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How We Live Now: Marjolijn van Heemstra on the overview effect
Outer space, awe and making friends with the night
I’m not sure why, but I always see space as a concern of childhood. Perhaps that’s the point in our lives when we’re still remembering what a strange thing it is to be floating in a void, when we’re still awed by the planets and stars. Space is visible to us when we’re young. As we grow older, it fades out of view.
My husband has always wanted to travel into space. He still hopes that, in his lifetime, it’ll be possible to take a holiday on the moon, or at least to leave the atmosphere for an hour or two strapped safely into a space shuttle. This makes no sense to me whatsoever. Space, to my mind, is bleak, lifeless and unaccommodating, not to mention inherently dangerous. I’m more than happy to wonder at it, but I need to do that with my feet planted firmly on planet Earth. That way, I can filter the engulfing facts of space through a human culture that helps me to interpret it. Space alone is simply terrifying.
This week’s podcast guest Marjolijn van Heemstra believes that we can change the world by gazing into the night sky. Her book, In Light Years There’s No Hurry, explores the “‘overview effect”’, a personal transformation reported by astronauts who have seen the Earth from space. People who’ve experienced this rare view often report an ethical shift taking place, a new sense of mission in their lives. They come to see themselves as guardians of their planet, rather than its passive citizens.
Clearly not all of us can - or want to - leave the atmosphere to gaze over the Earth from space. But in this thought-provoking conversation, Marjolijn makes a case for us learning to draw on the overview effect from where we stand, suggesting that this could lead us to become better stewards of our environment, and form closer bonds with the communities around us.
Marjolijn is a Dutch theatre-maker, journalist and poet who has recently been named Amsterdam’s Poet Laureate. Her most recent work has focused on reacquainting ourselves with darkness, and this includes her creative project The Night Watch, and the Amsterdam Dark Festival, of which she is the founder.
I couldn’t resist asking Marjolijn whether she’d ever go into space herself; you can hear her answer in the episode. I’d love to hear your answer to that question too - tell me in the comments below. It’s a “no” from me. I prefer to take my awe with a side-order of gravity.
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From the transcript
One of the things that really struck me as I was reading through In Light-Years There's No Hurry was the poetry of how we've named space. I felt like that was a real glimpse of our desires around it and our imagination that we put onto it, particularly the moon and all the places. I mean, the Sea of Tranquility is a really familiar one, which is just such a beautiful thing to name this, I don't know, fairly desolate spot floating in space. Was that something that inspired your poet’s mind?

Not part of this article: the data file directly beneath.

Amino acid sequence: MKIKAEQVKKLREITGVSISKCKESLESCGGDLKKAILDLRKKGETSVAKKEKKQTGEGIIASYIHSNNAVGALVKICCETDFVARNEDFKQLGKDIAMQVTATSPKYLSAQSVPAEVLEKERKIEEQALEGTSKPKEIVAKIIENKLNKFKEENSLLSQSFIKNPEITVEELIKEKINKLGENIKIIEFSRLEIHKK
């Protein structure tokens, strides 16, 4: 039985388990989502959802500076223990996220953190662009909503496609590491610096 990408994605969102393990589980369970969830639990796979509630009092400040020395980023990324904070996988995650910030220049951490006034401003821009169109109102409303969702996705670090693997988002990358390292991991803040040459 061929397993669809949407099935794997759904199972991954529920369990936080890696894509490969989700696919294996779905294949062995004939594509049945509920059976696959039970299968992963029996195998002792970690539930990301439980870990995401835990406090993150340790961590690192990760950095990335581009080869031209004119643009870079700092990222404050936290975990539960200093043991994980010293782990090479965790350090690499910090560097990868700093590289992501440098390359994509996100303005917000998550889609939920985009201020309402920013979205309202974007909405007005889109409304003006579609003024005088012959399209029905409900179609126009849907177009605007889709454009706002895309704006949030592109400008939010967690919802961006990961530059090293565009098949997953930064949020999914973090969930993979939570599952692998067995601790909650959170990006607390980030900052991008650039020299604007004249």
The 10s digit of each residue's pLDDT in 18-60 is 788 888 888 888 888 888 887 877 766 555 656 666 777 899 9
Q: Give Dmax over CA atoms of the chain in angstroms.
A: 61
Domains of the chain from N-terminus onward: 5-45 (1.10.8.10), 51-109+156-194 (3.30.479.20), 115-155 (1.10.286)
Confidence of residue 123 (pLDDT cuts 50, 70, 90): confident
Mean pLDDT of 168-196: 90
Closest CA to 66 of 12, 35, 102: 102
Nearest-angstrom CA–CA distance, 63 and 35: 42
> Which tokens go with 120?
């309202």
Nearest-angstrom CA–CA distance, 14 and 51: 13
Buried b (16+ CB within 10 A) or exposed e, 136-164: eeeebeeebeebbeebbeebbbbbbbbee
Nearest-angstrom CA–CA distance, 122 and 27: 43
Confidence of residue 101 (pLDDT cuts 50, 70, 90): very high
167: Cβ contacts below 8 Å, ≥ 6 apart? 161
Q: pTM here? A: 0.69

Marjolijn van Heemstra:
I've always been so inspired by all those space names, but also by all this research. I would go to the European Space Agency for readings that were actually meant for all the people working there. And I would not understand anything, but then they would talk about fingerprints of light, for example. And then just these words together, my mind would really start flowing just listening to the combination of words they used.
And it was funny because I was there as a poet and as someone just listening to the words they put together. And then these people were actually understanding what the story was about.
But I also thought while being there, that it's such a shame that the way people talk about the universe is either in a very physicist way, or technical way, or really explaining the natural phenomenon of it. Or it is in a spiritual way or maybe a poetic way. And these two vocabularies, these two ways of talking, they never really meet. And I think that's really a big loss. Because it took me years to find the courage to write about space being a poet, because I thought, "What do I know of gravity?"
Everyone could jump in and correct you.
Marjolijn van Heemstra:
I cannot explain gravity, I cannot explain a black hole. But I think I can understand it on a different level. And that was what attracted me so much to it. And then I really wrote the book that I wanted to read through a poet's eyes on space. And I found what really was so interesting that many of the scientists who studied space, the ones that interest me most are people who are also either religious or poets. So you have some astronomers who are poets at the same time.
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